“The Curse” stars Fielder, the fearless comedian behind the “The Rehearsal,” as Asher Siegel, a New Mexico resident who is starring in and producing a new reality show with his wife Whitney Siegel (Emma Stone). They are presented as unforgettably in denial about their place in the world, the kind of people who proclaim themselves to be allies to the environment and the indigenous people of New Mexico, but only if it suits them. Take their new show, “Flipanthropy,” a program about the energy-saving homes built by Asher and Whitney that runs into one cultural and environmental issue after another. “Oppenheimer” star Safdie plays Dougie Schecter, the manipulative producer who knows that “Flipanthropy” is more likely to succeed with some gamesmanship, including driving wedges between Asher and Whitney that are remarkably easy to drive.
In the phenomenal premiere, Dougie convinces Asher to give money to a young girl in a parking lot named Nala (Hikmah Warsame) so they can get some good b-roll of him being generous. He only has a $100 bill, which he then tries to recover from Nala after the cameras stop rolling. Nala tells him that she is cursing him, leading to both an undercurrent of dread and one of distracting anxiety for Asher, who almost doesn’t notice as everything falls apart around him. When the Siegels cross paths with Nala again, they try desperately to make things up to her, which involves Barkhad Abdi as her father, and things get even weirder.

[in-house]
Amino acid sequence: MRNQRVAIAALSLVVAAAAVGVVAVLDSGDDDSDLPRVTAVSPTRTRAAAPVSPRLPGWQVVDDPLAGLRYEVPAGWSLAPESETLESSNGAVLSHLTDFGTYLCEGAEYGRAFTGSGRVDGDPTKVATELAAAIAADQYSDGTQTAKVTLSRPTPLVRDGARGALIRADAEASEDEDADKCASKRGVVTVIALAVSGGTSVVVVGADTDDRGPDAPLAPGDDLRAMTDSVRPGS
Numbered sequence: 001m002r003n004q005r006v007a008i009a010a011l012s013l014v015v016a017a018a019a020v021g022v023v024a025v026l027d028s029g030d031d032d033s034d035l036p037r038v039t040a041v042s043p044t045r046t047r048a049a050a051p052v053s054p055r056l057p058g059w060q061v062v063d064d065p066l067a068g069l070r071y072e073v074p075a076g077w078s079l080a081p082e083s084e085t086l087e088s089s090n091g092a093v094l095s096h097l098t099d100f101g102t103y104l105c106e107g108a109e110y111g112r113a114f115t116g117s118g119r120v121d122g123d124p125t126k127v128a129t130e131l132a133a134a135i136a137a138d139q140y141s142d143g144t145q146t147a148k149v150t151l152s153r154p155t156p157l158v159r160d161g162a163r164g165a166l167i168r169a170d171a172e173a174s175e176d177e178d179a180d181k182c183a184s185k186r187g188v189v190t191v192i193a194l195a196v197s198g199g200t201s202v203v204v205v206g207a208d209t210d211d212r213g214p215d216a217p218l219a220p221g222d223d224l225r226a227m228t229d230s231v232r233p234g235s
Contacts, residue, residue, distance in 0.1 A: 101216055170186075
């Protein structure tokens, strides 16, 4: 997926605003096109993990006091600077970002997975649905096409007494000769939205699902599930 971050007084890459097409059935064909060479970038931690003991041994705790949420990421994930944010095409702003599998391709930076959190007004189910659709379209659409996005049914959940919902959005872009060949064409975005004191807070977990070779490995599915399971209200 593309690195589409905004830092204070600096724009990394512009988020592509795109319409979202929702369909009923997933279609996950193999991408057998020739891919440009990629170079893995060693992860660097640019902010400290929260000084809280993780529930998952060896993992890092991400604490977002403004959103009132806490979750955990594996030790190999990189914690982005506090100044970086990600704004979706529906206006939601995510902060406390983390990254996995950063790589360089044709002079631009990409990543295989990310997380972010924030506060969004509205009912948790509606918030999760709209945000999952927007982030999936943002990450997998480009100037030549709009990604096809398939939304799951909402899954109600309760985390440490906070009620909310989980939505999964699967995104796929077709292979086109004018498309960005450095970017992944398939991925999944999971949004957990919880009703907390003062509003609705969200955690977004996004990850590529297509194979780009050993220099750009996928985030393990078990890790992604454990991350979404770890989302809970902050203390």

As usual, Fielder leans into his awkward persona, the kind of guy who never lands a joke and always says the wrong thing. In one amazing sequence, Asher gets kicked out of a comedy class for making too extreme jokes about the size of his penis, which he was basically bullied into making in a demonstration of self-deprecating humor. He’s incredibly uncomfortable in front of the camera, always finding the wrong joke that’s incredibly funny. (My favorite has to be the inane things Asher says on camera that he thinks are funny when trying to sell his houses, like “Your energy bill will be cheaper than my haircut.”) All of Fielder’s humor aims directly at Asher’s dull inadequacy, offset by the more aggressive personality of Safdie’s Dougie, the kind of guy who gets excited when he blows into his breathalyzer and barely registers under the limit. These people are excited to barely drive their way through life, and don’t care who they hit along the way.